Periodically, I check my site analytics to see which posts are getting the most
traffic. It never ceases to amaze me at how many posts documenting older
versions of Ubuntu, as far back as 16.04 LTS, still receive regular traffic.
While they may not be evergreen forever, there’s something to be said
about explicitly targeting these older versions in your content.
Just because a new version of Ubuntu drops, currently LTS version 22.04, that
doesn’t mean everybody is in a hurry to upgrade to it. With older versions
receiving active security updates for five or more years, and the burden associated with a full system upgrade, it makes sense that many will “set it and forget it” for as long as possible.
That said, even if you plan to commit to your underlying operating system’s
version, doesn’t mean you want to make the same sacrifice with your actual
development stack. There are still many strides being made with Node.js with
every new version, so the need to be able to install a newer version on an older
version of Ubuntu is extremely relevant.
There’s a good chance you’re here because you’re actually interested in installing Node.js 19.x on Ubuntu 20.04 LTS, and not just here to listen to be
pontificate about versioning and upgrade cycles.
Sad, but worth mentioning, if you’re interested in installing the latest Node.js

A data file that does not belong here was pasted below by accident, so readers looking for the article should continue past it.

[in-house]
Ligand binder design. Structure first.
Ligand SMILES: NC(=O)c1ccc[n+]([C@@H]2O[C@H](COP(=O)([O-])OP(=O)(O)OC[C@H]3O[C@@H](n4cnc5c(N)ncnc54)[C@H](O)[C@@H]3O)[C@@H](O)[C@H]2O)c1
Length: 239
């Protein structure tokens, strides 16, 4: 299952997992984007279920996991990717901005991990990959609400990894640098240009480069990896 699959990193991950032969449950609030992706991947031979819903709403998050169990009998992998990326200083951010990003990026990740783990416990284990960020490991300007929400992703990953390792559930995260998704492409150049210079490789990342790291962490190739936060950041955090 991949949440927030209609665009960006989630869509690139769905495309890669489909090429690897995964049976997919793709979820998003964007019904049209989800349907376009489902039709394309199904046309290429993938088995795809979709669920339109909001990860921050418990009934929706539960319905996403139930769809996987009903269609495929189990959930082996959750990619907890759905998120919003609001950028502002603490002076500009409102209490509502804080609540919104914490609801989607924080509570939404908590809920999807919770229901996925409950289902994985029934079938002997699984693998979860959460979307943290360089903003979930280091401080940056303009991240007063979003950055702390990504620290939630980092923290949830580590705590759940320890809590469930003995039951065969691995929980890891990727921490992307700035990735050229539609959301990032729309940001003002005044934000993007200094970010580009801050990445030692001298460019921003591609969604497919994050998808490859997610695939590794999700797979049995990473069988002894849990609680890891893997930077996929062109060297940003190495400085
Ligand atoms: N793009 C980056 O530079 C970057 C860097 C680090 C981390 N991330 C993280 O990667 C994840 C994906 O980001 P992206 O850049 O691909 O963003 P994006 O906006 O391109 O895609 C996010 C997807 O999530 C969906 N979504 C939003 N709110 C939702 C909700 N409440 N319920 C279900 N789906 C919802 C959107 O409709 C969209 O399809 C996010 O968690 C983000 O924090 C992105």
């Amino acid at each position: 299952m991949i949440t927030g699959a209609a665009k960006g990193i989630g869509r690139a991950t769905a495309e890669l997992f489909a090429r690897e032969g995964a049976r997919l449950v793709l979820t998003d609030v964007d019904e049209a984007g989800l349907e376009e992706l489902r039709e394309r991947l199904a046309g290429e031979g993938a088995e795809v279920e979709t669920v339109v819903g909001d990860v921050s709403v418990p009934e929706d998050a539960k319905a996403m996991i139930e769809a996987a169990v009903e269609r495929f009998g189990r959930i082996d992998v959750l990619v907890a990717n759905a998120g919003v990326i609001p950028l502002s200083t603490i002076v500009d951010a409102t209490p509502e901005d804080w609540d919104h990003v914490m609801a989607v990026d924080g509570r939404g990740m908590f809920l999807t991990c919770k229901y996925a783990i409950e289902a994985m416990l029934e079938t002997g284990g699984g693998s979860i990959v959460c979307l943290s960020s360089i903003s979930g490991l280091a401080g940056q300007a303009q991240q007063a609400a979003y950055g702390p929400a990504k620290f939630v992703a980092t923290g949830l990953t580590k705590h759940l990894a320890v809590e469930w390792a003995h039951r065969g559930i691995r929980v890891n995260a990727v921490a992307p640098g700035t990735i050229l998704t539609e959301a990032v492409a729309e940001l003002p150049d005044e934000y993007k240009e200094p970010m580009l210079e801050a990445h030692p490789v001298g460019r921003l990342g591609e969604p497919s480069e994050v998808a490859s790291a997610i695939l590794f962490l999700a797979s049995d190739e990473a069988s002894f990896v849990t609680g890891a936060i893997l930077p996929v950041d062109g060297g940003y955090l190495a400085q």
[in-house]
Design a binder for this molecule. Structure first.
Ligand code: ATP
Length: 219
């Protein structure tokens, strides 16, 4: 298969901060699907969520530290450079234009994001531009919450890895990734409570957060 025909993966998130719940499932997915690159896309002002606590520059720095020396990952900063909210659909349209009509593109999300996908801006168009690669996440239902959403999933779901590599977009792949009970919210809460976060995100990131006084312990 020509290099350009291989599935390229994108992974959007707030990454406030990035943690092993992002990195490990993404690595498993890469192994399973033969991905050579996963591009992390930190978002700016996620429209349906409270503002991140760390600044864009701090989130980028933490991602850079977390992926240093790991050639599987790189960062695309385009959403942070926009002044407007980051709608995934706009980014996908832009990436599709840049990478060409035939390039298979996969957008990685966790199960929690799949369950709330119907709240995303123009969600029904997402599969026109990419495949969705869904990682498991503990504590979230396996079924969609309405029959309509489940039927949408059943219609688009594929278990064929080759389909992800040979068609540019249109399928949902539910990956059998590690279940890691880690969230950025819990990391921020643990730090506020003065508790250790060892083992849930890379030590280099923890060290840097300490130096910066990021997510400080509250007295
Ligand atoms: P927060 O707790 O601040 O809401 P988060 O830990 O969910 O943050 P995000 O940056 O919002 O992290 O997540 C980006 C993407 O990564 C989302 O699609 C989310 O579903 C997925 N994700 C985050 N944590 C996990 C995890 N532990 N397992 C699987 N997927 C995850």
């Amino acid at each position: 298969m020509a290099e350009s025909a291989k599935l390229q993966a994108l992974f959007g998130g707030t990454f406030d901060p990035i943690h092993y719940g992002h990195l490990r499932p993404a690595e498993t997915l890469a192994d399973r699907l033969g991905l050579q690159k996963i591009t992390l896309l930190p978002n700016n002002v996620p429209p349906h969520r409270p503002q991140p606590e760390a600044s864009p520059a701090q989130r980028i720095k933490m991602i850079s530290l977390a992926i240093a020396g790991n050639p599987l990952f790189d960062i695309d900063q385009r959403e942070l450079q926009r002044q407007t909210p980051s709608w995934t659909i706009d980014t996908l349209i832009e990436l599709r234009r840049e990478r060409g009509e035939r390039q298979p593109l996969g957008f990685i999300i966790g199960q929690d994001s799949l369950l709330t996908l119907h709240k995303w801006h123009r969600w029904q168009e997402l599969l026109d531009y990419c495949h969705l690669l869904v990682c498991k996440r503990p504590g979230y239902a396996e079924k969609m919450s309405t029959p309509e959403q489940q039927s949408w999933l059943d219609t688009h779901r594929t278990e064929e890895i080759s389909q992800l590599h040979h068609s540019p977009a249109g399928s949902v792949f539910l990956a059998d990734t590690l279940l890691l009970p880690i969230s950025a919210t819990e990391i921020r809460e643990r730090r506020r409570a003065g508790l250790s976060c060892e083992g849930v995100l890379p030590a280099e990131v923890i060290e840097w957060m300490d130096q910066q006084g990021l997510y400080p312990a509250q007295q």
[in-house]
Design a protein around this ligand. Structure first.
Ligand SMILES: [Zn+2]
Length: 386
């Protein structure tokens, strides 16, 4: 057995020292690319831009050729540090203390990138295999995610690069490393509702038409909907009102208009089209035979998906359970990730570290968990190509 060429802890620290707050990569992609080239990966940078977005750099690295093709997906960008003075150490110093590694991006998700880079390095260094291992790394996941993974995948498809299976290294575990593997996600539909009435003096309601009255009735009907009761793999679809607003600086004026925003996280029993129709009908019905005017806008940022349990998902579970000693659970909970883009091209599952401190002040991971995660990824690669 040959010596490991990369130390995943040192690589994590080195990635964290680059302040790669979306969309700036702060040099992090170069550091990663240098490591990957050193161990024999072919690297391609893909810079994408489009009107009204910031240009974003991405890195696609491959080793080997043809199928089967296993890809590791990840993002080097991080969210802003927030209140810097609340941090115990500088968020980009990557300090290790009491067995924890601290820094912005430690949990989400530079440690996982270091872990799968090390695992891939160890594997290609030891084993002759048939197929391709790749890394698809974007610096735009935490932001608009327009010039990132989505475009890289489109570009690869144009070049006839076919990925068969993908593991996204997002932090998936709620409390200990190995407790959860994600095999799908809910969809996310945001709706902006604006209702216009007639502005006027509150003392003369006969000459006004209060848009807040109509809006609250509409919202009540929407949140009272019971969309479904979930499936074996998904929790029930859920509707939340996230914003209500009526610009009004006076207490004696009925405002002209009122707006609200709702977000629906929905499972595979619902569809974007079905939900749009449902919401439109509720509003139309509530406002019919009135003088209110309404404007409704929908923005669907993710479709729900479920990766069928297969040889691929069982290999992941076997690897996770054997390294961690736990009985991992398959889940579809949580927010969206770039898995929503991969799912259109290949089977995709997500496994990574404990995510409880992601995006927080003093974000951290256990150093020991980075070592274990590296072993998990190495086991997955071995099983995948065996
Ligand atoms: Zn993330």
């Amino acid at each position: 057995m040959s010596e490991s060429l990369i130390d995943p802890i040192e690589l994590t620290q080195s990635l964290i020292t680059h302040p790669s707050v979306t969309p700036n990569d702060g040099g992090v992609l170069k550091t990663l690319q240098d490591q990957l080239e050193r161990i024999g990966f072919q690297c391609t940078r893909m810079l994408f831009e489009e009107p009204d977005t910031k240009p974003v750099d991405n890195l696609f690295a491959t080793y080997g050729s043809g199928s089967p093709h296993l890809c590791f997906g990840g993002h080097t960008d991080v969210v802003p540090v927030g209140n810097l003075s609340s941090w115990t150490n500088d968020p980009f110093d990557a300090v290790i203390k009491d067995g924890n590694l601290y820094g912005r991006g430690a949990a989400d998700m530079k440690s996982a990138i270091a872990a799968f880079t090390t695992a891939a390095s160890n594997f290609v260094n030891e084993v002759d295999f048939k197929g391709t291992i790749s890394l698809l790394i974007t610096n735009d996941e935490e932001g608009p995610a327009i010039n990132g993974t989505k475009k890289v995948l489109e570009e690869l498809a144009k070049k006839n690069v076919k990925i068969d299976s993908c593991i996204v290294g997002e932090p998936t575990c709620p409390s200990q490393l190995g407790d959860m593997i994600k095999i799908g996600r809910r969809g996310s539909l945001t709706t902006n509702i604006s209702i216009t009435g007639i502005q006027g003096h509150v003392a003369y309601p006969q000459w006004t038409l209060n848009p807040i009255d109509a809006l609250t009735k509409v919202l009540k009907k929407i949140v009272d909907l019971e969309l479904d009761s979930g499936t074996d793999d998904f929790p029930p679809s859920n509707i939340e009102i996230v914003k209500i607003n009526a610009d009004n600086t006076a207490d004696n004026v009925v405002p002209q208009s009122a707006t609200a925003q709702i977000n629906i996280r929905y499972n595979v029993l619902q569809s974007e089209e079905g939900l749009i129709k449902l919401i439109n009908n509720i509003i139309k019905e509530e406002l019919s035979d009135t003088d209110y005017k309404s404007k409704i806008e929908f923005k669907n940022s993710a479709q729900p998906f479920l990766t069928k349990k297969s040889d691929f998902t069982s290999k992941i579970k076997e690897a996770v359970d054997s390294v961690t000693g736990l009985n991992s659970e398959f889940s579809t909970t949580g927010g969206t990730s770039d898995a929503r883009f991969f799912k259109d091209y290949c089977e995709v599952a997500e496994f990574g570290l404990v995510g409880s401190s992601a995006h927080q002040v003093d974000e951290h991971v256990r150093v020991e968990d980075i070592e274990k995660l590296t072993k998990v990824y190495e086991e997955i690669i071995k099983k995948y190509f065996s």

version on an even older Ubuntu release (like 18.04 LTS or prior) it’s probably
about time for you to upgrade. There are now some dependency issues with the GNU C Library that will cause you some grief.
All right, so Node.js 19 on Ubuntu 20.04 LTS (and 22.04 LTS), let’s get to it!
Keep in mind, you can always use
nvm to accomplish what I’m about to outline,
but that’s not my preferred method of installation of Node.js. The reason I prefer to install it by way of an
apt source, is because that’s one less thing I have to worry about upgrading manually. One less thing to worry about is one
less thing to potentially forget, and that’s a good thing.
First and foremost, it’s always good to make sure your system is up date to
date, rebooting it if necessary:
This guide expects
curl to already be installed as well:
This guide also makes reference of
sudo, which you may not have available if
you’re running inside of a Docker container. If that’s the case, just omit the
sudo commands and you should be just find.
With everything up to date and the necessary dependencies installed, we can
fetch the Node.js 19.x installation script with
curl and run it:
This script will do all of the necessary work to add the new
apt source and
apt update to get things primed and ready.
What it doesn’t do, is actually installed the
nodejs package for you, so
you’ll also need to run:
And once that’s finished running, we can check that we are in fact running the
latest and greatest version of Node.js:
If you ARE NOT running the latest version of Node.js at this point, double check
the output of the previous commands, as more than likely one of them spit out an error that may need to be addressed.